Museums dedicated to the cultural arts in Boston or Cambridge are the Museum of Fine Arts, the National Museum of African American Art, the Institute of Contemporary Art and the Isabella Stewart Gardner Museum, as well as the art museums associated with Harvard University, the University of Boston, the Massachusetts Institute of Technology, Boston College and other schools. Numerous art galleries are located on Newbury Street, in the South End and in the Fort Point canal area. Some of the longest-running and most influential galleries are the Bernard Toale Gallery, the Barbara Krakow Gallery, the Howard Yezerski Gallery, and the NAGA Gallery.

Additionally, the Boston Public Library and the Boston Athenæum have large collections of art, books, and research materials, and regularly host cultural events and exhibitions.


The Boston Public Schools, the oldest public school system in the United States, has 57,000 students in preschool through 12th grade, and 145 schools, including the Boston Latin School (the oldest public school in the United States). the United States, established in 1635), English High (the oldest public high school, established in 1821) and The Mather School (the oldest public elementary school, established in 1639). In Boston there are also private, parochial, and public pilot schools. In 2002, Forbes magazine ranked the Boston Public Schools as the best school system in the country, with a graduation rate of 82%. In 2005, the student population in the school system was 45.5% Black or African American, 31.2% Hispanic or Latino, 14% White, and 9% Asian, compared to 24%, 14%, 49 % and 8%, respectively, in Boston.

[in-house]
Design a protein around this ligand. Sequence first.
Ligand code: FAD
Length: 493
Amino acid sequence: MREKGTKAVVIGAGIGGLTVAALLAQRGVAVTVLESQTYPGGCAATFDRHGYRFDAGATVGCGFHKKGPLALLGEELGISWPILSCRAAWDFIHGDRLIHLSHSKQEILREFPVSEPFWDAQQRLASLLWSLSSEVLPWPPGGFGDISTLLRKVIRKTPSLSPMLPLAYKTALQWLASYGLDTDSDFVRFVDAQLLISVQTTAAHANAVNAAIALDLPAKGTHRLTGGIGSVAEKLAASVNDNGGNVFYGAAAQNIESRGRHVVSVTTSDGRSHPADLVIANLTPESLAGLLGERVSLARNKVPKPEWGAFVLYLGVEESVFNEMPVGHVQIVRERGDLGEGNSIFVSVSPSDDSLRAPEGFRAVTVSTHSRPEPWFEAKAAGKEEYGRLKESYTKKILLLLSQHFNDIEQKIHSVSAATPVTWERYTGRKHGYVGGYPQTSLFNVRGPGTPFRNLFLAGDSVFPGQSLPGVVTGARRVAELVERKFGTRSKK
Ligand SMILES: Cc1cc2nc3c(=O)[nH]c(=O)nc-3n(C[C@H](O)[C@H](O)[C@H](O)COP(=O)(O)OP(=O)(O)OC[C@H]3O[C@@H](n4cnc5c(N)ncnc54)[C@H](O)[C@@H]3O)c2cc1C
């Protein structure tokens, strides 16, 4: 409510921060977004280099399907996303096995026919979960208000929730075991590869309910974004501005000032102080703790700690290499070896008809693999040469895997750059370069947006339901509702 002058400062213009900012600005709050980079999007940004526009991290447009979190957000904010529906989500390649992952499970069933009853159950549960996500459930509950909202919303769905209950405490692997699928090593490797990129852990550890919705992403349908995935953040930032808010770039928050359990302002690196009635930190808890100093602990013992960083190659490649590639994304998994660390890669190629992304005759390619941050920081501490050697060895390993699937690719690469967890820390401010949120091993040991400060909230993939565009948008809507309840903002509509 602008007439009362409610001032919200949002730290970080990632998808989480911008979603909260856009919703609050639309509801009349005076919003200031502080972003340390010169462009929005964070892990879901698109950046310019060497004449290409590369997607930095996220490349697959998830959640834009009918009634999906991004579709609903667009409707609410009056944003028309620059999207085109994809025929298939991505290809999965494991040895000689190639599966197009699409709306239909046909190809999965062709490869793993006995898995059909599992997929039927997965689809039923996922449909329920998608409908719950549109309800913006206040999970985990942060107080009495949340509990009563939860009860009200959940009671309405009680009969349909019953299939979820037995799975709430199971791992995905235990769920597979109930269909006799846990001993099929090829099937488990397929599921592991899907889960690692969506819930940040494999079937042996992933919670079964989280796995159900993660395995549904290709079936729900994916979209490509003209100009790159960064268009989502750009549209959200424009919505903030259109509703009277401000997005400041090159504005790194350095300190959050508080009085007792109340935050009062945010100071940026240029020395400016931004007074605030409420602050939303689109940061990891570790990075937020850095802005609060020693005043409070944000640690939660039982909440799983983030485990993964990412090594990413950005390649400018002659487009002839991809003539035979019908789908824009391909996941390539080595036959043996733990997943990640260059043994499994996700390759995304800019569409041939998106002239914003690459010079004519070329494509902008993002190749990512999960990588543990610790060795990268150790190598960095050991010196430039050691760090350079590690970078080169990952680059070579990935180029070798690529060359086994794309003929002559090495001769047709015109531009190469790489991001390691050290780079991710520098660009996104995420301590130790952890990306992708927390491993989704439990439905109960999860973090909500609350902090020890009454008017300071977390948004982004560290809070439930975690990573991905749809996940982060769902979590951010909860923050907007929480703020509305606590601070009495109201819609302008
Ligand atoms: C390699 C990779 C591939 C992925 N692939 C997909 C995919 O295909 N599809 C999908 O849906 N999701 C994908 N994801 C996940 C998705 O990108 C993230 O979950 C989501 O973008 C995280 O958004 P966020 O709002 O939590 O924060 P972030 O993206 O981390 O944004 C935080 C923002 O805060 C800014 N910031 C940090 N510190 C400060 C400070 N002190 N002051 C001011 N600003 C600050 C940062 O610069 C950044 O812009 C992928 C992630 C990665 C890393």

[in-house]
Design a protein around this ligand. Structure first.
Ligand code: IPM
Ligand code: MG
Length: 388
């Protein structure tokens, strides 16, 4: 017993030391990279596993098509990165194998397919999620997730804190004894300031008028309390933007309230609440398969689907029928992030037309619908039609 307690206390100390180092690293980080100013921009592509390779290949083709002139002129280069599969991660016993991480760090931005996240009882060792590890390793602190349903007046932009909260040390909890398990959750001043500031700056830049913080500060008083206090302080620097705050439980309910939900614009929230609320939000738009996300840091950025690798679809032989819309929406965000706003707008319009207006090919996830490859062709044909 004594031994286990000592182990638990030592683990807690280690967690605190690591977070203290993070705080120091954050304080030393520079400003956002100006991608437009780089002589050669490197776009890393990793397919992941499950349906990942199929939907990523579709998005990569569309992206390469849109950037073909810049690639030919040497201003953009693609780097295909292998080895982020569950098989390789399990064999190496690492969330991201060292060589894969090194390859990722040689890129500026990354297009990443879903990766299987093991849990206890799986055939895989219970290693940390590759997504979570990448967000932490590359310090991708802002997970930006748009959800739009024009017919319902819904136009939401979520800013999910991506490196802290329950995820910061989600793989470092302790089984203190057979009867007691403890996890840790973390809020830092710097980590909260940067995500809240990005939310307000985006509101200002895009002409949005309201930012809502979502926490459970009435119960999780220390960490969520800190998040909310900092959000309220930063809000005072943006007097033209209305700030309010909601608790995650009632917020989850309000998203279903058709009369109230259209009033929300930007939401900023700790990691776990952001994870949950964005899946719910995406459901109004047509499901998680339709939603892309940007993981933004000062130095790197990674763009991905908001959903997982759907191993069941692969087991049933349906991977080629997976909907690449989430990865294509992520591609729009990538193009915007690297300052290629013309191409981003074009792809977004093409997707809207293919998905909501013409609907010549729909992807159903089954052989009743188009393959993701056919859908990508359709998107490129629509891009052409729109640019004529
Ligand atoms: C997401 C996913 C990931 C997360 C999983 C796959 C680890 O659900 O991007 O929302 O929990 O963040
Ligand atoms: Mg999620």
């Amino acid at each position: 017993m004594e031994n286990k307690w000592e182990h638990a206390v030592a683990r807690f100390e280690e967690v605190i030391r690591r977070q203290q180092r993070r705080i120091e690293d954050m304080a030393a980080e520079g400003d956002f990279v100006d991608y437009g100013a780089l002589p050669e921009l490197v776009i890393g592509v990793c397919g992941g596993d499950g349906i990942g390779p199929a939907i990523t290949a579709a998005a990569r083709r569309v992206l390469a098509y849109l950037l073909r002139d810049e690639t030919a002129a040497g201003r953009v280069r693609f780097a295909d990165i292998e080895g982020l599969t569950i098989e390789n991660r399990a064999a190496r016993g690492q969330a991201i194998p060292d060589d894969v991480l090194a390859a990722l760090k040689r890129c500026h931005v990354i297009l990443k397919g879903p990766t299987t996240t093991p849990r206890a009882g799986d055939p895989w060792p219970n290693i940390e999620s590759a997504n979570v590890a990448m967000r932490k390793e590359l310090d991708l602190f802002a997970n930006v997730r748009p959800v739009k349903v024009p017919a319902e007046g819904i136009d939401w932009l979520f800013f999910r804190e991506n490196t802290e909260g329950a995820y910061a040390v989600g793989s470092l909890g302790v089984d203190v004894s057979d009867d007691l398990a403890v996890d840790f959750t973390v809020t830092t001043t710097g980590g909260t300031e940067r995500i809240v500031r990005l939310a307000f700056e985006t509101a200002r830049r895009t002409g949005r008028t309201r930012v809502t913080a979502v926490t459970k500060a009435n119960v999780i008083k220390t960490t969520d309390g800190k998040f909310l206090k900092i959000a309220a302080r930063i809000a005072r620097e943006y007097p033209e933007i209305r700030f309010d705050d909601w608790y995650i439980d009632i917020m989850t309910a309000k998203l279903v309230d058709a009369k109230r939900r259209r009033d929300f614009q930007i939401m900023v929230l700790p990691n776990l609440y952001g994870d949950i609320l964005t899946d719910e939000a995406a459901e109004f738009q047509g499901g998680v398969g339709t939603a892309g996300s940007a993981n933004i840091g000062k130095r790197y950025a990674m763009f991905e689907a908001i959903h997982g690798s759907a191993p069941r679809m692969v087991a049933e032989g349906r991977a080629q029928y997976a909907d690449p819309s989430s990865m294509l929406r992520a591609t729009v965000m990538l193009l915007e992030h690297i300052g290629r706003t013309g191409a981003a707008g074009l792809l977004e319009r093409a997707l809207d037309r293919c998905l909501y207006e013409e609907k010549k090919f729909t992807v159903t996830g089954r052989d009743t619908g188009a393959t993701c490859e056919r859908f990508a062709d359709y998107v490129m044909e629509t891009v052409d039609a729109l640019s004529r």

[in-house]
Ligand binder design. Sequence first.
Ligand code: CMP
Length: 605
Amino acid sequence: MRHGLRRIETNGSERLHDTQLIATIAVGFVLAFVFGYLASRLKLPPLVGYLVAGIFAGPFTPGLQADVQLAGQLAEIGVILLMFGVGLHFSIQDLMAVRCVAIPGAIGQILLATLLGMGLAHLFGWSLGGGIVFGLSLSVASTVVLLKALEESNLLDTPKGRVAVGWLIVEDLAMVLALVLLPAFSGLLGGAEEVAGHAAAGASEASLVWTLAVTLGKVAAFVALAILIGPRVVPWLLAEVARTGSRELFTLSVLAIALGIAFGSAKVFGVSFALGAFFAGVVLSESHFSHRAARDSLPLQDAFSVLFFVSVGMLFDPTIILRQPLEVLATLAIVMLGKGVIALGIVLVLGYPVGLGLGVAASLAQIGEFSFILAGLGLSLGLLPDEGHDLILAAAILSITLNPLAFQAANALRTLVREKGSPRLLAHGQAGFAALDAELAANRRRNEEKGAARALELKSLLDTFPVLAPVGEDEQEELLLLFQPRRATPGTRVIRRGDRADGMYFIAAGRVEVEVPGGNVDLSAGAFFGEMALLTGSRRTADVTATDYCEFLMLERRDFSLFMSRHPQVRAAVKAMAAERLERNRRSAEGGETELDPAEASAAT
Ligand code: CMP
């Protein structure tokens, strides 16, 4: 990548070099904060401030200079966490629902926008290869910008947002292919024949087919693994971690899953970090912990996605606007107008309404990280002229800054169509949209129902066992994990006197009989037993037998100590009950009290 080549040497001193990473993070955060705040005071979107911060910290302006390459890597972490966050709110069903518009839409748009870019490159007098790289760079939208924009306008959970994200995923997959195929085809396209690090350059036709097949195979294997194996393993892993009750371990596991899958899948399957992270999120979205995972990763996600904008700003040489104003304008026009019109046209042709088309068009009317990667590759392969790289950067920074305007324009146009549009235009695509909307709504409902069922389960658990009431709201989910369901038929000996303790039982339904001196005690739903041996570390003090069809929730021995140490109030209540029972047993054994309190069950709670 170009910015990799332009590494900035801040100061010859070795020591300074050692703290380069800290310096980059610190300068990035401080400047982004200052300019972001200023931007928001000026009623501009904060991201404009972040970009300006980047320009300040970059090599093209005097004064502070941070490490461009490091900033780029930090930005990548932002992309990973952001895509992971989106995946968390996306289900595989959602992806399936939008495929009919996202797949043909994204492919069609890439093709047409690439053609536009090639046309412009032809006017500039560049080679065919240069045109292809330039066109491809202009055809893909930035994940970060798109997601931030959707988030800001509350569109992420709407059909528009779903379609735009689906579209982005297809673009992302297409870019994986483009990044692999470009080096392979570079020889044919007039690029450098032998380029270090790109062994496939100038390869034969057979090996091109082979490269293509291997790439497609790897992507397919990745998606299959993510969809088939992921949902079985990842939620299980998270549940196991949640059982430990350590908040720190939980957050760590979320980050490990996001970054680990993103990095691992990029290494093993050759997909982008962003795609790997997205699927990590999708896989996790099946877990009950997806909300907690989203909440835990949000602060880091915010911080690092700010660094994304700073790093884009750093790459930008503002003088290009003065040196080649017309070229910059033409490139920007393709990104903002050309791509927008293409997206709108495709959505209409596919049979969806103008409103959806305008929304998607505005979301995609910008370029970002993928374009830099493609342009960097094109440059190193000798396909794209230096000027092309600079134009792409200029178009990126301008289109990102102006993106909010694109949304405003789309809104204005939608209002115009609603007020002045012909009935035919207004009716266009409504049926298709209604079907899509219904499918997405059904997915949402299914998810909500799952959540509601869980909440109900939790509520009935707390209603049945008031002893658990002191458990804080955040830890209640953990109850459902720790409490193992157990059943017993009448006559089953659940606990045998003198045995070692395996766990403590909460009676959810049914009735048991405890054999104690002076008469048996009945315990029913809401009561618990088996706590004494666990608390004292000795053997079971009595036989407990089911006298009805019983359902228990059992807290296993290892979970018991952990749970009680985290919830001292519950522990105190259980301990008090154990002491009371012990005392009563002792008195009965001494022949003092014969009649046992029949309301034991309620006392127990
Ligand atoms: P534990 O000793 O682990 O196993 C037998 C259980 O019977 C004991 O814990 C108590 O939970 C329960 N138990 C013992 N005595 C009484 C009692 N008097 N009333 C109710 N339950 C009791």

Boston’s reputation as “the Athens of America” ​​derives in large part from the teaching and research activities of more than 100 colleges and universities located in the Greater Boston area, with more than 250,000 students in Boston and Cambridge alone.

The Boston University is the fourth largest private university in the country and the fourth largest source of employment in the city.

Northeastern University, another large private university, is located in the Fenway area, and is especially known for its schools of Health and Business Sciences and its cooperative education program.

The Wheelock College, Massachusetts College of Art and Design, Simmons College, Emmanuel College, Massachusetts College of Pharmacy & Health Sciences, and Wentworth Institute of Technology, founding members of the Colleges of the Fenway, are adjacent to Northeastern University.

The New England School of Law, a small private law school, was originally established as the only female law school in America.

The Harvard University, the oldest in the nation, is located across the Charles River in Cambridge.

Harvard Business School and Harvard Medical School are in Boston, and there are plans for further expansion to Allston.

The Massachusetts Institute of Technology (MIT), which originated in Boston and was long known as “Boston Tech”, moved to Cambridge in 1916.

Tufts University has its medical and dental school adjacent to Tufts Medical Center, a 451-bed academic medical institution, a full-service adult hospital, and the Floating Hospital for Children.

Eastern Nazarene College, in Quincy, is the only evangelical Christian college in the greater Boston area.

Boston Economy and Education